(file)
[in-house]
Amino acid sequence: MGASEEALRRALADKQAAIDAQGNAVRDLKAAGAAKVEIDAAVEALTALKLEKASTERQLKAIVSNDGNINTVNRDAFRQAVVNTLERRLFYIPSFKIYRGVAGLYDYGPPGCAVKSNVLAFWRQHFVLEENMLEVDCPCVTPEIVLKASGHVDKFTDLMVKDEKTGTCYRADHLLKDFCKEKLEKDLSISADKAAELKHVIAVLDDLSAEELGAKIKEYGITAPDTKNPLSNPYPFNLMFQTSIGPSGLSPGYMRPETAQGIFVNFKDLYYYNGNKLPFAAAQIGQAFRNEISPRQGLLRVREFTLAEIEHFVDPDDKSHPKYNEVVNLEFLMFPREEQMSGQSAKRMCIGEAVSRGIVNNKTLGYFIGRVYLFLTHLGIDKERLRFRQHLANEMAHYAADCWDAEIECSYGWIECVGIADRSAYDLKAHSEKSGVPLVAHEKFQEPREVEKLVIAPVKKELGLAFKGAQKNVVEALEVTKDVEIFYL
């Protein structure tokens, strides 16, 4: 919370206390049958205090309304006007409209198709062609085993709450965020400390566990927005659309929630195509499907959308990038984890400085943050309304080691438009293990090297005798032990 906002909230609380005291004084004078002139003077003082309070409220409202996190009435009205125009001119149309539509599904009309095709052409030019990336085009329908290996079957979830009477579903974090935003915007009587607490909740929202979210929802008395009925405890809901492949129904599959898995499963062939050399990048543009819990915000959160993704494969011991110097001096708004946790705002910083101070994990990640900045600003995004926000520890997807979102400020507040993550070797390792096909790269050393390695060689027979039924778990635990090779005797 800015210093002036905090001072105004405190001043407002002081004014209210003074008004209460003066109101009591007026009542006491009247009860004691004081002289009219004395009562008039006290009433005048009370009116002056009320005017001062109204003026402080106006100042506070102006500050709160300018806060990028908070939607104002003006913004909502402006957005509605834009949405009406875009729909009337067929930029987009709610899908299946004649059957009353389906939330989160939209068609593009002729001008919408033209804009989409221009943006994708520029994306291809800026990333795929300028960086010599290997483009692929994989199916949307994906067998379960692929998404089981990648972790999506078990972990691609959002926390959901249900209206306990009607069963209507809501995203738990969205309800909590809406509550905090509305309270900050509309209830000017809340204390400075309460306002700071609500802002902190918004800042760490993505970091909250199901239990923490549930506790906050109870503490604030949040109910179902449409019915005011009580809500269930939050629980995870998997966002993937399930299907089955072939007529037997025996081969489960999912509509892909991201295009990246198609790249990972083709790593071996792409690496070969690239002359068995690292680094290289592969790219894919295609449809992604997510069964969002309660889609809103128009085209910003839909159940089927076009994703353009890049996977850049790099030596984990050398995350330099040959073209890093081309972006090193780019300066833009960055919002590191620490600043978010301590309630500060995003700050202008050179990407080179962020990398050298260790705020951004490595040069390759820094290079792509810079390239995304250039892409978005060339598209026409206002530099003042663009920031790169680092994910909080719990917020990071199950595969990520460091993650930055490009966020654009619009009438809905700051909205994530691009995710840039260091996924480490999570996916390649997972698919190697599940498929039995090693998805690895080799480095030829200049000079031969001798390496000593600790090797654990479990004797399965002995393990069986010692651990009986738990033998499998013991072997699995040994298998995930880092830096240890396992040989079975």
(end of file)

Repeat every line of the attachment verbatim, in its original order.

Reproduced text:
[in-house]
Amino acid sequence: MGASEEALRRALADKQAAIDAQGNAVRDLKAAGAAKVEIDAAVEALTALKLEKASTERQLKAIVSNDGNINTVNRDAFRQAVVNTLERRLFYIPSFKIYRGVAGLYDYGPPGCAVKSNVLAFWRQHFVLEENMLEVDCPCVTPEIVLKASGHVDKFTDLMVKDEKTGTCYRADHLLKDFCKEKLEKDLSISADKAAELKHVIAVLDDLSAEELGAKIKEYGITAPDTKNPLSNPYPFNLMFQTSIGPSGLSPGYMRPETAQGIFVNFKDLYYYNGNKLPFAAAQIGQAFRNEISPRQGLLRVREFTLAEIEHFVDPDDKSHPKYNEVVNLEFLMFPREEQMSGQSAKRMCIGEAVSRGIVNNKTLGYFIGRVYLFLTHLGIDKERLRFRQHLANEMAHYAADCWDAEIECSYGWIECVGIADRSAYDLKAHSEKSGVPLVAHEKFQEPREVEKLVIAPVKKELGLAFKGAQKNVVEALEVTKDVEIFYL
């Protein structure tokens, strides 16, 4: 919370206390049958205090309304006007409209198709062609085993709450965020400390566990927005659309929630195509499907959308990038984890400085943050309304080691438009293990090297005798032990 906002909230609380005291004084004078002139003077003082309070409220409202996190009435009205125009001119149309539509599904009309095709052409030019990336085009329908290996079957979830009477579903974090935003915007009587607490909740929202979210929802008395009925405890809901492949129904599959898995499963062939050399990048543009819990915000959160993704494969011991110097001096708004946790705002910083101070994990990640900045600003995004926000520890997807979102400020507040993550070797390792096909790269050393390695060689027979039924778990635990090779005797 800015210093002036905090001072105004405190001043407002002081004014209210003074008004209460003066109101009591007026009542006491009247009860004691004081002289009219004395009562008039006290009433005048009370009116002056009320005017001062109204003026402080106006100042506070102006500050709160300018806060990028908070939607104002003006913004909502402006957005509605834009949405009406875009729909009337067929930029987009709610899908299946004649059957009353389906939330989160939209068609593009002729001008919408033209804009989409221009943006994708520029994306291809800026990333795929300028960086010599290997483009692929994989199916949307994906067998379960692929998404089981990648972790999506078990972990691609959002926390959901249900209206306990009607069963209507809501995203738990969205309800909590809406509550905090509305309270900050509309209830000017809340204390400075309460306002700071609500802002902190918004800042760490993505970091909250199901239990923490549930506790906050109870503490604030949040109910179902449409019915005011009580809500269930939050629980995870998997966002993937399930299907089955072939007529037997025996081969489960999912509509892909991201295009990246198609790249990972083709790593071996792409690496070969690239002359068995690292680094290289592969790219894919295609449809992604997510069964969002309660889609809103128009085209910003839909159940089927076009994703353009890049996977850049790099030596984990050398995350330099040959073209890093081309972006090193780019300066833009960055919002590191620490600043978010301590309630500060995003700050202008050179990407080179962020990398050298260790705020951004490595040069390759820094290079792509810079390239995304250039892409978005060339598209026409206002530099003042663009920031790169680092994910909080719990917020990071199950595969990520460091993650930055490009966020654009619009009438809905700051909205994530691009995710840039260091996924480490999570996916390649997972698919190697599940498929039995090693998805690895080799480095030829200049000079031969001798390496000593600790090797654990479990004797399965002995393990069986010692651990009986738990033998499998013991072997699995040994298998995930880092830096240890396992040989079975």